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Let $M$ be a smooth manifold. I would like to understand why the moduli space of flat $U(1)$-connections modulo gauge equivalence is the torus $$ H^1(M;\mathbb{R})/H^1(M;\mathbb{Z}). $$ How should I see this?

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Sorry, I'm not sure what you mean by the moduli space of flat $\text{U}(1)$-connections. Are these connections on the trivial bundle? –  Qiaochu Yuan Sep 1 '12 at 5:47
    
@QiaochuYuan The result holds for the moduli space of flat connections on any principal $\mathrm{U}(1)$-bundle, not just the trivial bundle. Maybe in a day or two I'll take the time to write up the details in an answer here. –  Henry T. Horton Sep 2 '12 at 5:12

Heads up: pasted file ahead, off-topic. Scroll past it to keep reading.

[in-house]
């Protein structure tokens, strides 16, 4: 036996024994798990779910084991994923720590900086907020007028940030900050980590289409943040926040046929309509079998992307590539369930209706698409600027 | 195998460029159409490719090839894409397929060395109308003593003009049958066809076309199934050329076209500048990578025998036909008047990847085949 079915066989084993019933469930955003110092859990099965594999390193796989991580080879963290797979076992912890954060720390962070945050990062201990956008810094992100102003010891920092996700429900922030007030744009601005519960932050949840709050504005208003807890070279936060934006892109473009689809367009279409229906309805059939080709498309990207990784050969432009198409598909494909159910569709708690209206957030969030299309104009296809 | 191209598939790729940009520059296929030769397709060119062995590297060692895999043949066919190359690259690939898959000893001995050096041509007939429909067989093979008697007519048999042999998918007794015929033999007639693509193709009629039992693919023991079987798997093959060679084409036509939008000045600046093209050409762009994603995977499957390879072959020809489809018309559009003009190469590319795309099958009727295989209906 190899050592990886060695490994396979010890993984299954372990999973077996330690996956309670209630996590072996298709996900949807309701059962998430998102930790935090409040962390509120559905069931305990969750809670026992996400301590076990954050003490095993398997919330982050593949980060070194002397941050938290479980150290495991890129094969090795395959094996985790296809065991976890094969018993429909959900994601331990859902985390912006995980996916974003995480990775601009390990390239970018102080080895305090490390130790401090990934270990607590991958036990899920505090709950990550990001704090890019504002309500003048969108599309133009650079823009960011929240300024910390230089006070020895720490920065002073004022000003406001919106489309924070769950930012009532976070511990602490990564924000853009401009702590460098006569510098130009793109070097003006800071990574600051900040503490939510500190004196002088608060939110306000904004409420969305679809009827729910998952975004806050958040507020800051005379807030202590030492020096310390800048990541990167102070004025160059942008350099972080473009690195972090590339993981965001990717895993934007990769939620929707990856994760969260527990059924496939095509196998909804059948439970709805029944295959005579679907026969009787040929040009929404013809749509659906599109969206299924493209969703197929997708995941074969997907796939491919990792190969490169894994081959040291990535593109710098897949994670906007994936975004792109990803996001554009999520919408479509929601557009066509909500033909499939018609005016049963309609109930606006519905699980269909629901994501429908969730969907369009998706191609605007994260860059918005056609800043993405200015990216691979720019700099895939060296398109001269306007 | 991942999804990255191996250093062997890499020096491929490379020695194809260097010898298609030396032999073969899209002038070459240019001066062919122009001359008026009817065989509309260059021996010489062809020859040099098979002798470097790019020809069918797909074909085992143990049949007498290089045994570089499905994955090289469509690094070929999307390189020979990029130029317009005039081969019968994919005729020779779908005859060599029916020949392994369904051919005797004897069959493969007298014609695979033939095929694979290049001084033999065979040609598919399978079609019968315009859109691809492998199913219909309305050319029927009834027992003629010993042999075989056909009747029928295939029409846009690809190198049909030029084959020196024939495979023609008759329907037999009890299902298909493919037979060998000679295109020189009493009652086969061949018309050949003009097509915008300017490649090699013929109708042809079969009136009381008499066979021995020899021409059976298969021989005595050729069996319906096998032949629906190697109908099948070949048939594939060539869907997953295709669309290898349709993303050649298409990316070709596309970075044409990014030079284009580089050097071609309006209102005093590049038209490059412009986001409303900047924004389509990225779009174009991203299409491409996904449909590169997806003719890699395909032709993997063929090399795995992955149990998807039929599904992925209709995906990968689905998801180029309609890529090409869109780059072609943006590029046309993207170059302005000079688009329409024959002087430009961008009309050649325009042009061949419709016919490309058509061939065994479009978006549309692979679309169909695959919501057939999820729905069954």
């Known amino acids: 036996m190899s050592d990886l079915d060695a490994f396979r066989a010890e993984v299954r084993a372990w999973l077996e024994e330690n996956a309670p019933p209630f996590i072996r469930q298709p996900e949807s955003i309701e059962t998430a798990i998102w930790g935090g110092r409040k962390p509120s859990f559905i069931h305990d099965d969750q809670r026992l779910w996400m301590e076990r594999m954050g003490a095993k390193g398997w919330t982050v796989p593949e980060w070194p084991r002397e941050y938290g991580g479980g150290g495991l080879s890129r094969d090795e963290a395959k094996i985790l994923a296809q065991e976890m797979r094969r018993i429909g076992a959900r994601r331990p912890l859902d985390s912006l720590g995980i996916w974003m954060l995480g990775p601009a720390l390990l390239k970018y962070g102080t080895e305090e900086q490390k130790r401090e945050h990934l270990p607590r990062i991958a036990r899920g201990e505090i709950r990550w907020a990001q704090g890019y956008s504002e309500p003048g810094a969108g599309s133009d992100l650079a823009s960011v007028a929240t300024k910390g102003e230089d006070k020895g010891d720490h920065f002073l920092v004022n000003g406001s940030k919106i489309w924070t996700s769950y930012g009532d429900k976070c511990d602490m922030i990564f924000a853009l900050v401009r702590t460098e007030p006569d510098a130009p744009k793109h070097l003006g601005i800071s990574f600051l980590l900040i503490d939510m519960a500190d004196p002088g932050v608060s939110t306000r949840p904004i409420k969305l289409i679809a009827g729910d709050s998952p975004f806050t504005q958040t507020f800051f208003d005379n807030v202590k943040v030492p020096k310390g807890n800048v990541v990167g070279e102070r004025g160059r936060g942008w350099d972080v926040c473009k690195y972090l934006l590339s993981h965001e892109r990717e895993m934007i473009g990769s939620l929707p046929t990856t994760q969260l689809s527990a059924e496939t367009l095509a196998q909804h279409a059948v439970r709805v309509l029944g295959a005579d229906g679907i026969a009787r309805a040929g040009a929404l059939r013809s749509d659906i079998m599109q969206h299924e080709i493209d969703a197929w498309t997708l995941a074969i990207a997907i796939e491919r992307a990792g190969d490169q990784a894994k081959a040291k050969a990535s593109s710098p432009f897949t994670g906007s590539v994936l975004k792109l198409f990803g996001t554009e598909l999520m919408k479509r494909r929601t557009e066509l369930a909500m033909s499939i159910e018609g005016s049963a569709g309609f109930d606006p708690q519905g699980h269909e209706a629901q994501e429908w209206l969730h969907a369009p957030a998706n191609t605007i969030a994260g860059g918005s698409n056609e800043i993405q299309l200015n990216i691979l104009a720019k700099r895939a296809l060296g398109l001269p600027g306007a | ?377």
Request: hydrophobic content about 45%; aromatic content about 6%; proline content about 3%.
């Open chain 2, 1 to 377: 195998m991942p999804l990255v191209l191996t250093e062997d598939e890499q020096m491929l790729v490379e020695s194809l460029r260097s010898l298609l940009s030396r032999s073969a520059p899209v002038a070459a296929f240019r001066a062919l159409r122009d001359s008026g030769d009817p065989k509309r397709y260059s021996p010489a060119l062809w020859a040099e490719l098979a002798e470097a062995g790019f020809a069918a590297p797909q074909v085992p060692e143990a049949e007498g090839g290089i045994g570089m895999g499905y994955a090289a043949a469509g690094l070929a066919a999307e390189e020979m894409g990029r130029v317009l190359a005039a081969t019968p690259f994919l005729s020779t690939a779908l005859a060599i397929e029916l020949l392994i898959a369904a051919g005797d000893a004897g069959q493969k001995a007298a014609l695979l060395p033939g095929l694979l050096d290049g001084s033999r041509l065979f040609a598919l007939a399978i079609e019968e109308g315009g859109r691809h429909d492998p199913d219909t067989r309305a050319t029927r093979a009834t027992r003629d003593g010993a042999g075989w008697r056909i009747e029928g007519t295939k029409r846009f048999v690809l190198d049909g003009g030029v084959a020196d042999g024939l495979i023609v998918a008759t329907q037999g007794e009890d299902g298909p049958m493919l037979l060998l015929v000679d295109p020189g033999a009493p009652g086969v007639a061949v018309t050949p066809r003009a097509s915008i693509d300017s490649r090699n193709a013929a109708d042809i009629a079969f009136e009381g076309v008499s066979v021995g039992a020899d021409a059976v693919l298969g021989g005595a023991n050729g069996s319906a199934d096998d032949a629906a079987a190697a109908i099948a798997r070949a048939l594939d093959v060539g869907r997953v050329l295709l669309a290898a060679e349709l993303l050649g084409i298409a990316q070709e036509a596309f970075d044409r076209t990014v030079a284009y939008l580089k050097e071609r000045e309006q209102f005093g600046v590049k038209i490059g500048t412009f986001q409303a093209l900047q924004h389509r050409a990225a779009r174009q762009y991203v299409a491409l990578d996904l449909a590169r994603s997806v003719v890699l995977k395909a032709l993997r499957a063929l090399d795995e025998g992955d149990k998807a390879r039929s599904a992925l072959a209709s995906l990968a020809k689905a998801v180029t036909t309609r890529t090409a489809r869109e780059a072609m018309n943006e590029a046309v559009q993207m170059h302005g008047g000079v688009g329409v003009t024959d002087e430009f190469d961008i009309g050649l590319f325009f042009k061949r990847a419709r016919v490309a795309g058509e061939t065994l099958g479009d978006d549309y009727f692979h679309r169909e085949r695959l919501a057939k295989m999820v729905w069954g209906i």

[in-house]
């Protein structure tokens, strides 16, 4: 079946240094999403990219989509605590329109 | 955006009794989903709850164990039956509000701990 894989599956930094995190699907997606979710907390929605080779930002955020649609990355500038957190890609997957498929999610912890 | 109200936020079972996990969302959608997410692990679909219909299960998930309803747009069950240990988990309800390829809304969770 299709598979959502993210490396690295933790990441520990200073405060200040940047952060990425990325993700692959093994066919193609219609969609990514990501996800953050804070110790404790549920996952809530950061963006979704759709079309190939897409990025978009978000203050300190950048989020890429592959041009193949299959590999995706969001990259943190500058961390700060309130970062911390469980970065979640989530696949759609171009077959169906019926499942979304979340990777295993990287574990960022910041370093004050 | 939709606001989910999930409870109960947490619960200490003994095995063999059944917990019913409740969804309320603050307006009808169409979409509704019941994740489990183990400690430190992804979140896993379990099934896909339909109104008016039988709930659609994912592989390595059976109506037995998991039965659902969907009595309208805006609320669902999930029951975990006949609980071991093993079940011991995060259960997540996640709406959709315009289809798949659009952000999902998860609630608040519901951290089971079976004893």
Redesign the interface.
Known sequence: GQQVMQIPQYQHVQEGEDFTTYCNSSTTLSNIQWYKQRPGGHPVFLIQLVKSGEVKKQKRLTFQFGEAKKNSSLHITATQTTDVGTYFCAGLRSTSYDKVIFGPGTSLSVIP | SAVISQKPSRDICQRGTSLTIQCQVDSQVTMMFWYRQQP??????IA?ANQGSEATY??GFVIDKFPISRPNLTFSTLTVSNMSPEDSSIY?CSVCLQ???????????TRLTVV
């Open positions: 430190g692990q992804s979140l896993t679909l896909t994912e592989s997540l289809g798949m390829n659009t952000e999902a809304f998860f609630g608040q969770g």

1 Answer 1

I'm not sure about arbitrary manifolds, but there is an easy answer for compact Riemann surfaces.

Let $\Sigma\times G\to \Sigma$ be the trivial $G$-bundle over a compact Riemann surface $\Sigma$. There is a bijective correspondence between gauge equivalence classes of flat connections and representations of the fundamental group (in the gauge group) $\mathrm{Hom}(\pi_{1}(\Sigma),G)$, modulo conjugation by $G$.

When $G = U(1)$ you don't have much choice for a representation. The Seifert-Van Kampen theorem gives the following presentation of $\pi_{1}(\Sigma) = \langle \alpha_{1},\beta_{1},\dots,\alpha_{g},\beta_{g} \,\vert\, \prod_{i} [\alpha_{i},\beta_{i}] = 1 \rangle$. How can you describe a representation $\rho: \pi_{1}(\Sigma) \to G$? Just pick a target for each of the generators while ensuring that the relations are still satisfied. In this case, $U(1)$ is abelian so there is nothing to be done. A representation is just a selection of $2g$ points in a circle - i.e. we have that:

$\mathcal{A}_{fl} / \mathcal{G} = U(1)^{2g} = H^{1}(M;\mathbb{R})/H^{1}(M;\mathbb{Z})$

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